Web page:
Re-doing Morphic ( Was: Re: Traits prototype image )

Andreas Raab andreas.raab at
Tue Feb 11 14:45:45 UTC 2003


> You don't even need the "equal" part of "separate but equal". 
> Imagine a NewMorph as different as you like. Install trial 
> versions of the NewMorphs in a NewWorldMorph. NewWorldMorph 
> would be a bit special, appearing to its owner as a simple 
> childless morph, but to its newSubmorphs it's a whole new 
> world. NewWorldMorph>>drawOn: could dispatch whatever drawing 
> messages NewMorphs supported and these NewMorphs could 
> interact with their siblings, blissfully unaware of the old 
> morphic world where your browsers and debuggers still live.

Exactly. It has the *huge* advantage that one can concentrate on those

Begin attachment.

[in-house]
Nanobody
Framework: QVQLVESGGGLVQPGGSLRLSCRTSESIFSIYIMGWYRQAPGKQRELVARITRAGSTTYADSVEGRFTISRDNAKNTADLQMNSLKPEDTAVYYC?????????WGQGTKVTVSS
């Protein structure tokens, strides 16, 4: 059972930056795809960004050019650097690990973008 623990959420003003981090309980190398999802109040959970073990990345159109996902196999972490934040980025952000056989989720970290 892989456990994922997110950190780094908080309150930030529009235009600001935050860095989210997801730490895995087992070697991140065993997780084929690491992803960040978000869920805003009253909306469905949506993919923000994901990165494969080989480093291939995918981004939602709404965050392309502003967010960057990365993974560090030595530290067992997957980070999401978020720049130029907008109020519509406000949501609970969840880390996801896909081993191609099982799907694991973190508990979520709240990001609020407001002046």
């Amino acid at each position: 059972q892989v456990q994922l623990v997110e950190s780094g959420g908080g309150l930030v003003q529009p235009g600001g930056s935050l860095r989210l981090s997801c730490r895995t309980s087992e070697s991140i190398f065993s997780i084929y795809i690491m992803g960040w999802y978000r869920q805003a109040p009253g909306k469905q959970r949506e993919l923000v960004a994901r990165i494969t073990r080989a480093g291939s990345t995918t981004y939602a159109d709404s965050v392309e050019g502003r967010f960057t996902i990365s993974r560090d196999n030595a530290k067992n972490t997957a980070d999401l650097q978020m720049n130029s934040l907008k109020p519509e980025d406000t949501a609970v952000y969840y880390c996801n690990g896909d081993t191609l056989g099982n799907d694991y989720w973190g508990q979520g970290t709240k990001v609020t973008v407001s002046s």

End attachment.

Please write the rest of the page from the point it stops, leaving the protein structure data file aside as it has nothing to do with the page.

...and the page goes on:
issues that one really cares about without having to bother with building
the entire enchilada of tools first. And it's really simple - all you need
is the following:

-- event handling --

handleEvent: anEvent
	"pass those events that we care about into our own environment"
	| evt |
	(#(mouseDown mouseUp mouseMove
	keyDown keyUp keystroke) includes: anEvent type) ifTrue:[
		"pass them into our own environment"
	^super handleEvent: anEvent

handlerForMouseDown: anEvent
	"answer self so we don't have to implement the entire wantsXYZ

handlesMouseOver: evt
	"answer true"

mouseEnter: evt
	"grab keyboard"
	evt hand newKeyboardFocus: self.

-- drawing --

drawOn: aCanvas
	"draw my own 'display'"
	aCanvas drawImage: myDisplay at: (bounds origin).

That's it. 5 methods all in all. With a morph that does the above you are
completely free to build any environment you want. You will get the events
from morphic and can dispatch appropriately. You can draw onto your own
"display" and do whatever you want in terms of graphics. If you want to
introduce stepping semantics you may also want to add #wantsSteps, #step,
and #stepTime and pass the step into your own environment.

  - Andreas

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